Naked mole-rats (NMRs; Heterocephalus glaber) are highly adapted, eusocial rodents renowned for their extreme longevity and resistance to cancer. Because cancer has not been formally described in this species, NMRs have been increasingly utilized as an animal model in aging and cancer research.
Source : Veterinary Pathology, Volume: 53 issue: 3, page(s): 691-696
The paper cited above described two cases of pre-cancerous lesions in zoo-housed Naked Mole-Rats (NMR). This was the first time that any cancer, of any type, had been found in the species. Making them (almost*) the only mammal which is not routinely susceptible to the disease.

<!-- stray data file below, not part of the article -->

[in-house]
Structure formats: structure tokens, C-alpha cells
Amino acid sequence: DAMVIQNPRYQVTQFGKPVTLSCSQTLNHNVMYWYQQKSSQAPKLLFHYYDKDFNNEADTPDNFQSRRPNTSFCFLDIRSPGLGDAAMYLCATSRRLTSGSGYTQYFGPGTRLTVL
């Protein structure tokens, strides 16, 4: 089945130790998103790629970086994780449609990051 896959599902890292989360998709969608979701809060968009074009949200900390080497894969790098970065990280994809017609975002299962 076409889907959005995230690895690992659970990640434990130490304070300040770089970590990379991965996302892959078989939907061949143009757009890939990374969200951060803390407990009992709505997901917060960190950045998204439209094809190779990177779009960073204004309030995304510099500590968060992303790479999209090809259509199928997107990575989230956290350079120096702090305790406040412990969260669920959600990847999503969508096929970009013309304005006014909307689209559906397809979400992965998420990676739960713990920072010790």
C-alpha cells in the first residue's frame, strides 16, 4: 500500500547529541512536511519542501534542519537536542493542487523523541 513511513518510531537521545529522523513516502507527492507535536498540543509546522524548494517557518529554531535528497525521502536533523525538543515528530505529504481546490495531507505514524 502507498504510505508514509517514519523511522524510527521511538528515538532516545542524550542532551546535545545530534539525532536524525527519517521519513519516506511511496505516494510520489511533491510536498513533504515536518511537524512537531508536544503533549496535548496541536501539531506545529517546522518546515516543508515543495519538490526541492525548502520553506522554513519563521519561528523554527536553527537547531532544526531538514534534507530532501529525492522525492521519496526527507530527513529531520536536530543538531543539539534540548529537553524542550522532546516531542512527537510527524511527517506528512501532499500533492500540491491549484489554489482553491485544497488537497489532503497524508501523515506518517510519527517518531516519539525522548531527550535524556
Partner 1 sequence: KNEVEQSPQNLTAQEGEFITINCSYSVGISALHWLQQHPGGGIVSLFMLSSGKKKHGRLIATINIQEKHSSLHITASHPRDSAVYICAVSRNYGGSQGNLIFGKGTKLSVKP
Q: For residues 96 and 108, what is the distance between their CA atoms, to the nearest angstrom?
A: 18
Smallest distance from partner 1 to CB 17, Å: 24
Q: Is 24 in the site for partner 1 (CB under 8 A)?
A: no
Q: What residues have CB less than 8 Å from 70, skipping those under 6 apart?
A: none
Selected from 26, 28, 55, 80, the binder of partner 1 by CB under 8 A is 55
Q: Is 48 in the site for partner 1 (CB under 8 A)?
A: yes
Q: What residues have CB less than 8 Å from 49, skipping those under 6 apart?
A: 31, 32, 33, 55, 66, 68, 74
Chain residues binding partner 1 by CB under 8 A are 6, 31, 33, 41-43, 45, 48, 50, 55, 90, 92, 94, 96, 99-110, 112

Because of their innate resistance to cancer, NMRs are the subject of intense research attempting to discover why.
There are currently several theories. One focuses on mammalian genes p16 and p27, which, it has been suggested, act as a double barrier to uncontrolled cell proliferation. Another cites the fact that skin cells of the naked mole-rat have high levels of HMW-HA - a natural sugary substance that is said to prevent tumours developing. A third theory is that NMRs have has a unique fragmented ribosomal RNA structure which enables more accurate protein translation than other mammals.
*Note : The Golan Heights blind mole-rat (Spalax golani) and the Judean Mountains blind mole-rat (Spalax judaei) are also extremely resistant to cancer - but apparently via a different mechanism. Source: PNAS November 20, 2012 109 (47) 19392-19396
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